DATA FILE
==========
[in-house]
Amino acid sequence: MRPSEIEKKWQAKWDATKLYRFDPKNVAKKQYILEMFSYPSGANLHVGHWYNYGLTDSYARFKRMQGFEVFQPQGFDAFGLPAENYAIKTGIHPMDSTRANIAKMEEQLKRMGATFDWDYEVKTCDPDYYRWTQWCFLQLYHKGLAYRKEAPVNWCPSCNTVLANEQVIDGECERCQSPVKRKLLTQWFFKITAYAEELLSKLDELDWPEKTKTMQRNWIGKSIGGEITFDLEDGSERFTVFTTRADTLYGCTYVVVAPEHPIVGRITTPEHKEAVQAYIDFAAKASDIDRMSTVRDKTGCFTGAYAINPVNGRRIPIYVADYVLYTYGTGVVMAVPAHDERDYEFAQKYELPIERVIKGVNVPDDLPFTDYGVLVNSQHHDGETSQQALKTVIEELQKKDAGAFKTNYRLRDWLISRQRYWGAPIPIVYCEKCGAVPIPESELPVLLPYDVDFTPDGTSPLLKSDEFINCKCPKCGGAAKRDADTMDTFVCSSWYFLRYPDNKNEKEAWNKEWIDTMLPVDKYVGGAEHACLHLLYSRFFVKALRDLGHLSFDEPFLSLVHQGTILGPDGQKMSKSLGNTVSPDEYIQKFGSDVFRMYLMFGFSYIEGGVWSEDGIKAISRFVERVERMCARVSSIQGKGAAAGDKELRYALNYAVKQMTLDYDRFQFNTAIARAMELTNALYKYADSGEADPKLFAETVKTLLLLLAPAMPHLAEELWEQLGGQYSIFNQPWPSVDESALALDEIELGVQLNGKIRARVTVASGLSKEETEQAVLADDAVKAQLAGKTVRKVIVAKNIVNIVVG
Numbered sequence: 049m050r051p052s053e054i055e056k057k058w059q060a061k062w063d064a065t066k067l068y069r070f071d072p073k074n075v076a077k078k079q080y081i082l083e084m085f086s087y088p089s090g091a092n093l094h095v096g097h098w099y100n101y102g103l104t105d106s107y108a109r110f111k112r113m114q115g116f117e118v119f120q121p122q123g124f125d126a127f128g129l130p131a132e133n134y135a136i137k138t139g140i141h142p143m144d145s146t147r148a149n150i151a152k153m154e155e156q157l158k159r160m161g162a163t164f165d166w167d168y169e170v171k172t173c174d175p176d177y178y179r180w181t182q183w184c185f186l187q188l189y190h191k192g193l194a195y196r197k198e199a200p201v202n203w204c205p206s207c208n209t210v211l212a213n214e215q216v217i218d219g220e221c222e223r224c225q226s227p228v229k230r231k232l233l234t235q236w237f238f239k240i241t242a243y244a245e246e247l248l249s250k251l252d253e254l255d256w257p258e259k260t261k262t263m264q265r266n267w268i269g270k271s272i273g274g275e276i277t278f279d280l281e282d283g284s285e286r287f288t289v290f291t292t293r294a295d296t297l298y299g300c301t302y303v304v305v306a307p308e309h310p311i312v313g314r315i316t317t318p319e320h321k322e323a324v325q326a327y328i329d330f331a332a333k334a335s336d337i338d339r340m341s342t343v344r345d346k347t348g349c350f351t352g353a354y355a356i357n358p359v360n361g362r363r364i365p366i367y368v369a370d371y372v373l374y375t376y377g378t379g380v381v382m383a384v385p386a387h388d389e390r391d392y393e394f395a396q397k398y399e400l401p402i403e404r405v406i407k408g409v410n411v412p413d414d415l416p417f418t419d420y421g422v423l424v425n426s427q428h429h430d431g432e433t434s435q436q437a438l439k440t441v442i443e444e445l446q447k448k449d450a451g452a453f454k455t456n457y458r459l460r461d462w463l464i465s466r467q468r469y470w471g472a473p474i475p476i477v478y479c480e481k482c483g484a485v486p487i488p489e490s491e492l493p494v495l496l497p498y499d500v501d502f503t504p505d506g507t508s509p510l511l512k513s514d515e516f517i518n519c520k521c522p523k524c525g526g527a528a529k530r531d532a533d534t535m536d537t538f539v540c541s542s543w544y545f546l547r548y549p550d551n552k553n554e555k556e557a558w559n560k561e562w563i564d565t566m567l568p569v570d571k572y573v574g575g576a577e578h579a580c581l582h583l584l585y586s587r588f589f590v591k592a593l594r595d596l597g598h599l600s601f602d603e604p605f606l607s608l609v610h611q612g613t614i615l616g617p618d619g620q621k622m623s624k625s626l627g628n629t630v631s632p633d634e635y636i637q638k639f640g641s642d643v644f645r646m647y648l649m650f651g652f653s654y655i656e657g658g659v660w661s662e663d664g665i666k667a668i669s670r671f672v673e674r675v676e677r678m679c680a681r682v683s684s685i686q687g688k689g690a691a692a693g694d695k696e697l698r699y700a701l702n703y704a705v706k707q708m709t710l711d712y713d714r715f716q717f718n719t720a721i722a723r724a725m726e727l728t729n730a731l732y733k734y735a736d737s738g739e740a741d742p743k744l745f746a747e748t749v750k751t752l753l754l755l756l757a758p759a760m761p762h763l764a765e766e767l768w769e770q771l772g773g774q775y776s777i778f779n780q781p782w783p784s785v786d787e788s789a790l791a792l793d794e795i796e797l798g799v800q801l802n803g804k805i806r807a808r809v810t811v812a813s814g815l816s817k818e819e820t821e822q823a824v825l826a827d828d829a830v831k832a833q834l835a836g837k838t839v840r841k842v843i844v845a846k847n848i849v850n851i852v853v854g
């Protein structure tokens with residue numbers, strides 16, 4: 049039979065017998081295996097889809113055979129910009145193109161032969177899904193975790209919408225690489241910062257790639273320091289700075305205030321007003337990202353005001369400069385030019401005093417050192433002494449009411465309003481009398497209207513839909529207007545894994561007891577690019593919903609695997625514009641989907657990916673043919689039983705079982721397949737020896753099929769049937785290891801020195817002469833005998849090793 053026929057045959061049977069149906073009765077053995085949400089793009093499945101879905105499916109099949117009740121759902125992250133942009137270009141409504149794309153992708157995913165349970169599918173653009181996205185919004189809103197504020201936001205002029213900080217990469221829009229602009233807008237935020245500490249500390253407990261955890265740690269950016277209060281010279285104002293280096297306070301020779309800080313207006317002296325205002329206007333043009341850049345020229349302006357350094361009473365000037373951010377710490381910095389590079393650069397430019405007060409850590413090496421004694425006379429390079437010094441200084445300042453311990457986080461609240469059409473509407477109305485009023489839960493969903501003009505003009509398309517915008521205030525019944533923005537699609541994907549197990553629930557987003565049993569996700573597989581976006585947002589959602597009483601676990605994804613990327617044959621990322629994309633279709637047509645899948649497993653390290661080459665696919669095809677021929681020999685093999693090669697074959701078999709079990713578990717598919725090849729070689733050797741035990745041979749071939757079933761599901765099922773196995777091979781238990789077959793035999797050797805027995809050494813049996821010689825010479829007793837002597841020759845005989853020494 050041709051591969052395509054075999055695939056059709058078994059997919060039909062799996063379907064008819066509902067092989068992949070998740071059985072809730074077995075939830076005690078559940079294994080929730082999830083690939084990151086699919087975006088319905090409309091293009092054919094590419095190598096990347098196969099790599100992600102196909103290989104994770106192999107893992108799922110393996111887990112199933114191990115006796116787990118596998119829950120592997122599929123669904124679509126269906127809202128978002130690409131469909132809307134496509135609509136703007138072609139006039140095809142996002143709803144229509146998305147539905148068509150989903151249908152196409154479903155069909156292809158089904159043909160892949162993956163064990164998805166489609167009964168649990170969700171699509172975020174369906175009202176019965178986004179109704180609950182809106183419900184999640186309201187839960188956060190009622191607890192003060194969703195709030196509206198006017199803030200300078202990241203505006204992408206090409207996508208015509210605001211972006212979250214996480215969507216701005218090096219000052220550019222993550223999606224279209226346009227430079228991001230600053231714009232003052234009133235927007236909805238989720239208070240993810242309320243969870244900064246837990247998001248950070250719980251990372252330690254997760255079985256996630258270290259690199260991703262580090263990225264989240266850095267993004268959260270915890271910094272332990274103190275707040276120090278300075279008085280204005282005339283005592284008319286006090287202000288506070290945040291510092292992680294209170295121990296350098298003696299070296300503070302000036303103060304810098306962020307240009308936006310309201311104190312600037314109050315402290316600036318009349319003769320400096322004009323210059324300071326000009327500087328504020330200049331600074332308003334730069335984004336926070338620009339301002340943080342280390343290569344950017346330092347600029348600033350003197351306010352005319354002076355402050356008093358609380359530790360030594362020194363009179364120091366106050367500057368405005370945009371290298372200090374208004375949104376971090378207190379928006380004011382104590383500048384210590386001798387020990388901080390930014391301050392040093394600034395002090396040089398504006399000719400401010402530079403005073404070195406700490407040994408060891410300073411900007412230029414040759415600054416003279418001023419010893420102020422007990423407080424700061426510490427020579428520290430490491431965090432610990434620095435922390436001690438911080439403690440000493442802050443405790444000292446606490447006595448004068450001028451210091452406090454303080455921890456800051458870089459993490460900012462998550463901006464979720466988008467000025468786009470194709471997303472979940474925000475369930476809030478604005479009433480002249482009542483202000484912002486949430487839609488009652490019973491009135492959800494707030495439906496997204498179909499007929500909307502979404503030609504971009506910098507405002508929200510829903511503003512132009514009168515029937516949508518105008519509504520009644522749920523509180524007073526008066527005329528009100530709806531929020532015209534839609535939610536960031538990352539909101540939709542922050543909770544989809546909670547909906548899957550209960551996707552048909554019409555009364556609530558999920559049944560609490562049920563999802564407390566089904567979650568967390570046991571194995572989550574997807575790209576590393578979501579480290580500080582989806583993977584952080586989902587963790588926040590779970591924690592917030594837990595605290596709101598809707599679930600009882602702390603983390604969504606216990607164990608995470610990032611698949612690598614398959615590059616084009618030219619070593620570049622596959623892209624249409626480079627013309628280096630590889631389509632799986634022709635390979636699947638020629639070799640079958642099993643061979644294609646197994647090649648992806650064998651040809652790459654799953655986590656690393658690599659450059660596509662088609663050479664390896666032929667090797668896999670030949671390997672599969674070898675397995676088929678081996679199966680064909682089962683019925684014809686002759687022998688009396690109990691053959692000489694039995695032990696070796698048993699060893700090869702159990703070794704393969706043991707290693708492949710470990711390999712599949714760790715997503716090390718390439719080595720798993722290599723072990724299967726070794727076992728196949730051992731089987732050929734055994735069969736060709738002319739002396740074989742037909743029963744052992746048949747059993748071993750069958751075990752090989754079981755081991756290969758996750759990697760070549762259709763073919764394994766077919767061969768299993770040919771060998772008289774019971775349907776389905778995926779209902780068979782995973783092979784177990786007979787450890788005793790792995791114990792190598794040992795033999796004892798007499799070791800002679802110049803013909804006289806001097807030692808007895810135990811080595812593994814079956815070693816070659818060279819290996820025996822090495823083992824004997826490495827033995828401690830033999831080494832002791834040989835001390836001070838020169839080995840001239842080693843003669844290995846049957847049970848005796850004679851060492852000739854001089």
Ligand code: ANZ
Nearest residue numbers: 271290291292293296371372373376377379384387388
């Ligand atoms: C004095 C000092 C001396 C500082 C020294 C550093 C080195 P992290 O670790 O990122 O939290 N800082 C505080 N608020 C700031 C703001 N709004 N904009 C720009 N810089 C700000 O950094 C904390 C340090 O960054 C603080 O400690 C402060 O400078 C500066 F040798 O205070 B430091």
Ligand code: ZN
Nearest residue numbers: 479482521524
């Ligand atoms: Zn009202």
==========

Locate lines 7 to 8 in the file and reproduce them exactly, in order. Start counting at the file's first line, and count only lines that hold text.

């Ligand atoms: C004095 C000092 C001396 C500082 C020294 C550093 C080195 P992290 O670790 O990122 O939290 N800082 C505080 N608020 C700031 C703001 N709004 N904009 C720009 N810089 C700000 O950094 C904390 C340090 O960054 C603080 O400690 C402060 O400078 C500066 F040798 O205070 B430091």
Ligand code: ZN